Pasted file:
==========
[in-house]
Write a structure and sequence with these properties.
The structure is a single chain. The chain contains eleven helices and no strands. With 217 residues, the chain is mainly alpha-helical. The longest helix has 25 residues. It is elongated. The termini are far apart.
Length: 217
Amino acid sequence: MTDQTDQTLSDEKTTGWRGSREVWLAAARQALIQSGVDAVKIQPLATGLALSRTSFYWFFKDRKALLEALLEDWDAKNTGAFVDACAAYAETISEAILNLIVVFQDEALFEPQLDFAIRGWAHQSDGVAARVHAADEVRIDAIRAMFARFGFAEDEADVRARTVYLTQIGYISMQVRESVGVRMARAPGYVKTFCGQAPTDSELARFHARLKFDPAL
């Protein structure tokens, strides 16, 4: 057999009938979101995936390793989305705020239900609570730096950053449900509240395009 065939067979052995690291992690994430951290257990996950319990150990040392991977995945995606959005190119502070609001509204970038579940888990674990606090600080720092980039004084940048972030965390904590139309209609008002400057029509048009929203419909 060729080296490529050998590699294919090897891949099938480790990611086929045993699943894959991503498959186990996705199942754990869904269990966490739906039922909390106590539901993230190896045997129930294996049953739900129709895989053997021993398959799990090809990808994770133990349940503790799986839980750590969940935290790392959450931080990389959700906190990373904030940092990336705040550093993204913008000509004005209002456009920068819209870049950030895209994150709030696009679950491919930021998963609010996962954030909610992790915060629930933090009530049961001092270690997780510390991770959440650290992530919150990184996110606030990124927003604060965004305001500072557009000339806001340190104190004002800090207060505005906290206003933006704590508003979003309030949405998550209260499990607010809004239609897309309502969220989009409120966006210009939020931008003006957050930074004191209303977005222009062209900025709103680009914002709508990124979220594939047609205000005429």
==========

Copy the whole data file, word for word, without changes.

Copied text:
[in-house]
Write a structure and sequence with these properties.
The structure is a single chain. The chain contains eleven helices and no strands. With 217 residues, the chain is mainly alpha-helical. The longest helix has 25 residues. It is elongated. The termini are far apart.
Length: 217
Amino acid sequence: MTDQTDQTLSDEKTTGWRGSREVWLAAARQALIQSGVDAVKIQPLATGLALSRTSFYWFFKDRKALLEALLEDWDAKNTGAFVDACAAYAETISEAILNLIVVFQDEALFEPQLDFAIRGWAHQSDGVAARVHAADEVRIDAIRAMFARFGFAEDEADVRARTVYLTQIGYISMQVRESVGVRMARAPGYVKTFCGQAPTDSELARFHARLKFDPAL
């Protein structure tokens, strides 16, 4: 057999009938979101995936390793989305705020239900609570730096950053449900509240395009 065939067979052995690291992690994430951290257990996950319990150990040392991977995945995606959005190119502070609001509204970038579940888990674990606090600080720092980039004084940048972030965390904590139309209609008002400057029509048009929203419909 060729080296490529050998590699294919090897891949099938480790990611086929045993699943894959991503498959186990996705199942754990869904269990966490739906039922909390106590539901993230190896045997129930294996049953739900129709895989053997021993398959799990090809990808994770133990349940503790799986839980750590969940935290790392959450931080990389959700906190990373904030940092990336705040550093993204913008000509004005209002456009920068819209870049950030895209994150709030696009679950491919930021998963609010996962954030909610992790915060629930933090009530049961001092270690997780510390991770959440650290992530919150990184996110606030990124927003604060965004305001500072557009000339806001340190104190004002800090207060505005906290206003933006704590508003979003309030949405998550209260499990607010809004239609897309309502969220989009409120966006210009939020931008003006957050930074004191209303977005222009062209900025709103680009914002709508990124979220594939047609205000005429």